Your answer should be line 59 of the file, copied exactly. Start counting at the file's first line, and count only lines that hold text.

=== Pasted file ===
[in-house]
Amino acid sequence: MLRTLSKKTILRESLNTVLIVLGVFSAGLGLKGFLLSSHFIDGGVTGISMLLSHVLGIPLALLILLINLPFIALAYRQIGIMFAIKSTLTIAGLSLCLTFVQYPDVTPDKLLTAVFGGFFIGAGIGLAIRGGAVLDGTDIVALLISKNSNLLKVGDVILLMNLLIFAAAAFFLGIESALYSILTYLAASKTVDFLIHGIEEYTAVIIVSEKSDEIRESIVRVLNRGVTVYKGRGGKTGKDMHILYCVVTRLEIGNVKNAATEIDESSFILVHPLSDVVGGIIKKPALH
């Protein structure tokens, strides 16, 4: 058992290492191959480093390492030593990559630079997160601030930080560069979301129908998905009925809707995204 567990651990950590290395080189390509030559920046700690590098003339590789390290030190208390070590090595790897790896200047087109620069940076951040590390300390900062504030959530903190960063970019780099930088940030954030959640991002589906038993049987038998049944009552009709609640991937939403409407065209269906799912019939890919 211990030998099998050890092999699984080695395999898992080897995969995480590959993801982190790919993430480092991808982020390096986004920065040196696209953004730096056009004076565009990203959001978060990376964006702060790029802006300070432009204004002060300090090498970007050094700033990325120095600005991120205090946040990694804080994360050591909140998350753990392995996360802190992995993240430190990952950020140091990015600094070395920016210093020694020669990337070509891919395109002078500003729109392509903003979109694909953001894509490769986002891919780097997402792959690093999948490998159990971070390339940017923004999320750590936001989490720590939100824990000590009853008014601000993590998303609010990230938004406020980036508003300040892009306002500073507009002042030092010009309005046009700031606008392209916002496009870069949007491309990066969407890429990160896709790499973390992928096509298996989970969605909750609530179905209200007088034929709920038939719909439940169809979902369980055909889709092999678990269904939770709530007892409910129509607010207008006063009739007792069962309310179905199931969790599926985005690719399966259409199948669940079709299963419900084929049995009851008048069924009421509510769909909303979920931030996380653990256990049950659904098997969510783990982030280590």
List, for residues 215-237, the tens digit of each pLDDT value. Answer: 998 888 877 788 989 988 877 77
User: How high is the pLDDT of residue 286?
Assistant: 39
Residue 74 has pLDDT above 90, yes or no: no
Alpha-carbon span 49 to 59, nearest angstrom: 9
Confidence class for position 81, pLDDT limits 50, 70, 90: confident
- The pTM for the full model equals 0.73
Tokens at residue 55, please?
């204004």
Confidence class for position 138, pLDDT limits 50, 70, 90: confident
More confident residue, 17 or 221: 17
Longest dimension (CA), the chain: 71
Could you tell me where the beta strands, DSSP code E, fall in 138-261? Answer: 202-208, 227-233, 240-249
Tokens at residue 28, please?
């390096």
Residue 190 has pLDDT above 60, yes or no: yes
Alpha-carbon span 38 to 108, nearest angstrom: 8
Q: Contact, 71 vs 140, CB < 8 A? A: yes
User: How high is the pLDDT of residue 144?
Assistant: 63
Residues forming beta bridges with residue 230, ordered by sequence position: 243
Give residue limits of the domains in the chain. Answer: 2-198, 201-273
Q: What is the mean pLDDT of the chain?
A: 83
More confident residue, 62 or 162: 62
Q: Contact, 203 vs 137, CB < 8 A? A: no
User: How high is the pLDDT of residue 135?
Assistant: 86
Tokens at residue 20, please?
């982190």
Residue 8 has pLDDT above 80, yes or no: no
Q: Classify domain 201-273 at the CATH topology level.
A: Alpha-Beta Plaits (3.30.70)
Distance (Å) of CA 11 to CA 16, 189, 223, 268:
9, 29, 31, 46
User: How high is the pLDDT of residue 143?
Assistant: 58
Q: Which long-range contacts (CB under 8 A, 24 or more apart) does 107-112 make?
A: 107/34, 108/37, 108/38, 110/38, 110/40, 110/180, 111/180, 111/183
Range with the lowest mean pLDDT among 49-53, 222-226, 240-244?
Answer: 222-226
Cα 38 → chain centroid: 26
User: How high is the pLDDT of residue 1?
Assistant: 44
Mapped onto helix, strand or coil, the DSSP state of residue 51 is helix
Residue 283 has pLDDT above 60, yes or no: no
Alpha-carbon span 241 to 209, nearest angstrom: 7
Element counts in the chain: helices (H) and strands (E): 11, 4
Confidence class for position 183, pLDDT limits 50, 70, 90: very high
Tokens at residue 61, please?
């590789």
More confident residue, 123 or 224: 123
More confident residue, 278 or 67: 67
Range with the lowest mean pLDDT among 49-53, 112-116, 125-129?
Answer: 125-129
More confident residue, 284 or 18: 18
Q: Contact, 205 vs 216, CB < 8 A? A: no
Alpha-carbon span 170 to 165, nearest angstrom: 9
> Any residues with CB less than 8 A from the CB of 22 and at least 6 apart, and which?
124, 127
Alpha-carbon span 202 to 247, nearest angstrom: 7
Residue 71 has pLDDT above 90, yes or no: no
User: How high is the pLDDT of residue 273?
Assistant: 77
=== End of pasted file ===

More confident residue, 284 or 18: 18